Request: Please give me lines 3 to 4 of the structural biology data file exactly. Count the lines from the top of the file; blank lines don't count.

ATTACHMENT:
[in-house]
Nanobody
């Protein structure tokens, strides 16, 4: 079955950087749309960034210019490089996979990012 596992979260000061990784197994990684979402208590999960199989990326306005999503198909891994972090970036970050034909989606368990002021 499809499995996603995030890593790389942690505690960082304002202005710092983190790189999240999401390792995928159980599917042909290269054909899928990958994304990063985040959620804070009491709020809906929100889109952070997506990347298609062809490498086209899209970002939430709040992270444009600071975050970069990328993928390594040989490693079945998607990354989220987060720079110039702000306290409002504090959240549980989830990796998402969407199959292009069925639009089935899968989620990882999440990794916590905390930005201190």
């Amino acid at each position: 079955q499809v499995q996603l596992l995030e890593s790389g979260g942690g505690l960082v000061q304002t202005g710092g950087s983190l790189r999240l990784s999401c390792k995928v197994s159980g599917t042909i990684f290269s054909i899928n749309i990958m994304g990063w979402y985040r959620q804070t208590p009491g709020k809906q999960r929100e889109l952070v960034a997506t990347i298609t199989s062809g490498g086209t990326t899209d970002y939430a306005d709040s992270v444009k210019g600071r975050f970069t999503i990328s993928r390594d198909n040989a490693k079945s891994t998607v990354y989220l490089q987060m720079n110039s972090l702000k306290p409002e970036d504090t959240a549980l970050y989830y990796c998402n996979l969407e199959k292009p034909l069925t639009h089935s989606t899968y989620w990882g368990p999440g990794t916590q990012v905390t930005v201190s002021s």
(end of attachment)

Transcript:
């Protein structure tokens, strides 16, 4: 079955950087749309960034210019490089996979990012 596992979260000061990784197994990684979402208590999960199989990326306005999503198909891994972090970036970050034909989606368990002021 499809499995996603995030890593790389942690505690960082304002202005710092983190790189999240999401390792995928159980599917042909290269054909899928990958994304990063985040959620804070009491709020809906929100889109952070997506990347298609062809490498086209899209970002939430709040992270444009600071975050970069990328993928390594040989490693079945998607990354989220987060720079110039702000306290409002504090959240549980989830990796998402969407199959292009069925639009089935899968989620990882999440990794916590905390930005201190």
């Amino acid at each position: 079955q499809v499995q996603l596992l995030e890593s790389g979260g942690g505690l960082v000061q304002t202005g710092g950087s983190l790189r999240l990784s999401c390792k995928v197994s159980g599917t042909i990684f290269s054909i899928n749309i990958m994304g990063w979402y985040r959620q804070t208590p009491g709020k809906q999960r929100e889109l952070v960034a997506t990347i298609t199989s062809g490498g086209t990326t899209d970002y939430a306005d709040s992270v444009k210019g600071r975050f970069t999503i990328s993928r390594d198909n040989a490693k079945s891994t998607v990354y989220l490089q987060m720079n110039s972090l702000k306290p409002e970036d504090t959240a549980l970050y989830y990796c998402n996979l969407e199959k292009p034909l069925t639009h089935s989606t899968y989620w990882g368990p999440g990794t916590q990012v905390t930005v201190s002021s």